Mourdock vows to 'move on' from controversial comments about rape, abortion
Ind. Sen. candidate on campaign trail
Last Updated: 212 days ago
Two days after marking controversial comments during a debate, GOP Indiana Senate candidate Richard Mourdock is forging ahead with campaign plans and vowing to move on.
Mourdock was in Avon for a closed-door gathering with supporters Thursday morning, where supporters embraced and cheered his message.
With detractors from across the aisle excoriating him for his comments on abortion, rape and God, Mourdock said he won't engage.
"If they want to continue to dwell on it, take up airtime talking about that instead of fixing the economy, that's their problem, not mine," Mourdock said.
Sen. Jim DeMint, R-South Carolina, joined Mourdock at the fundraiser.
"If Richard Mourdock does not win the Senate seat, I'm probably going to be stuck with (Senate Majority Leader) Harry Reid the Barack Obama agenda for a long time to come," DeMint said. "I need Richard Mourdock's help a lot more than he needs my help."
DeMint said the importance of a Mourdock victory is not lost on any Republicans.
"There's not a Republican senator who does not see this as a race to get Harry Reid out of the majority status so that we can get some things done for our country," DeMint said.
Supporters accept Mourdock's explanation of his comments.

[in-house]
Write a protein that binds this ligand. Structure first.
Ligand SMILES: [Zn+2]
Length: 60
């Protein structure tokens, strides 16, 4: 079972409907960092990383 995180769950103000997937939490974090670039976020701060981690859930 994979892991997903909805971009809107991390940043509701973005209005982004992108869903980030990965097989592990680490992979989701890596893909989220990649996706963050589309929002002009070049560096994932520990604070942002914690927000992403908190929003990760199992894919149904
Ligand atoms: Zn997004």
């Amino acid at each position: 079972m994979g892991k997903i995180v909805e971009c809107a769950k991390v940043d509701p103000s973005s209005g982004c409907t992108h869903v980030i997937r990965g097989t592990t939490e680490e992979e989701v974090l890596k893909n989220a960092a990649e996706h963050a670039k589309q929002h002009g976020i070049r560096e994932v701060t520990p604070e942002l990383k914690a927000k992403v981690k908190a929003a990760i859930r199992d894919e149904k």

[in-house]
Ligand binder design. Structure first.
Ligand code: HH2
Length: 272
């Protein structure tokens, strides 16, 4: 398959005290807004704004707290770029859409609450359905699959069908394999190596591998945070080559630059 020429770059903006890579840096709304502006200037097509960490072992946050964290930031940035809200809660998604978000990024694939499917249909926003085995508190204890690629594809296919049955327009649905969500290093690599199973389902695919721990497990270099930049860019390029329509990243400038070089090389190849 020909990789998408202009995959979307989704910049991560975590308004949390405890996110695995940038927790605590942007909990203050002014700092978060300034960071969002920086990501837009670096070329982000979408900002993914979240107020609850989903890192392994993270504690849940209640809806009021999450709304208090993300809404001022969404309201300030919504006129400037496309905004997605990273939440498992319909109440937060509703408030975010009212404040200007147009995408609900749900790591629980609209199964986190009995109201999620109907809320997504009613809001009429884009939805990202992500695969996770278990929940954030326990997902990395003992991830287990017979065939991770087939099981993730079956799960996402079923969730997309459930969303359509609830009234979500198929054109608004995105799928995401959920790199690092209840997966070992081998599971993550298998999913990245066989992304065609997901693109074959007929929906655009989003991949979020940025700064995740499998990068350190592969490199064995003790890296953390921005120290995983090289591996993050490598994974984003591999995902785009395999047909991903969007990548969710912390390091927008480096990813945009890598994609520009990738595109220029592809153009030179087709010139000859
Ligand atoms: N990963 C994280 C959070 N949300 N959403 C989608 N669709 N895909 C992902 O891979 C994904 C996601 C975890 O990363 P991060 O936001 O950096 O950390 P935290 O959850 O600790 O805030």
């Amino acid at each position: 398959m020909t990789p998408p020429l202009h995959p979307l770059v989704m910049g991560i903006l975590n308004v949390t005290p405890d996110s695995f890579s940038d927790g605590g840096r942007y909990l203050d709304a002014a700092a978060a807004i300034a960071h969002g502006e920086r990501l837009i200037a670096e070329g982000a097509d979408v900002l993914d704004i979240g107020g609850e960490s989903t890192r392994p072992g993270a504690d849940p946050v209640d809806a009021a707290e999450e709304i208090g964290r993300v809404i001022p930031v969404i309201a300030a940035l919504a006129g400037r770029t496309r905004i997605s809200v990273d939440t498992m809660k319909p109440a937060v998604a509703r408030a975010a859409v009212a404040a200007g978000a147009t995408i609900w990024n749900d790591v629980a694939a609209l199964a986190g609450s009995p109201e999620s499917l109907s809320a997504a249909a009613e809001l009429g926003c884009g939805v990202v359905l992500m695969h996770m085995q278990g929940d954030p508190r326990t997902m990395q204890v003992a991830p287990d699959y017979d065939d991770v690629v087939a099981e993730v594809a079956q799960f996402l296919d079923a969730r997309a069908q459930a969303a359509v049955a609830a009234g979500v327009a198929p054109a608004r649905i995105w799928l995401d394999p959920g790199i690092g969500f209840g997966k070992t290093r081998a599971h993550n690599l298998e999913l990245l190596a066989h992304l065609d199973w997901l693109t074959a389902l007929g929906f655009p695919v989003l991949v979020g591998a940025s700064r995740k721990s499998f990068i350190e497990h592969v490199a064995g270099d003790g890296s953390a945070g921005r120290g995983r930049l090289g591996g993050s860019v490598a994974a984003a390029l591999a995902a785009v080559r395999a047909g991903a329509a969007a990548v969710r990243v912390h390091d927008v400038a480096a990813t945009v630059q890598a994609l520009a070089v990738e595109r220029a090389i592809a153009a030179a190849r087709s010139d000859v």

"I heard that someone said that he stood for rape, and that wasn't what he meant. He just meant that a life conceived in rape is still valuable to God," said one supporter.
Mourdock said he's seen support from voters across the state.
At a campaign stop on Indianapolis' north side, Democratic candidate Joe Donnelly seized upon an opportunity to blast his opponent.
"People just don't understand how he could say something like that, and I hoped that after a night's reflection, he might speak differently about the subject," Donnelly said. "Mr. Mourdock's words were, I thought, inappropriate and hurtful to women and to survivors of rape and to their families."
Donnelly did not want to discuss how the controversy would affect the campaign, but he said people making calls for him were finding more support.
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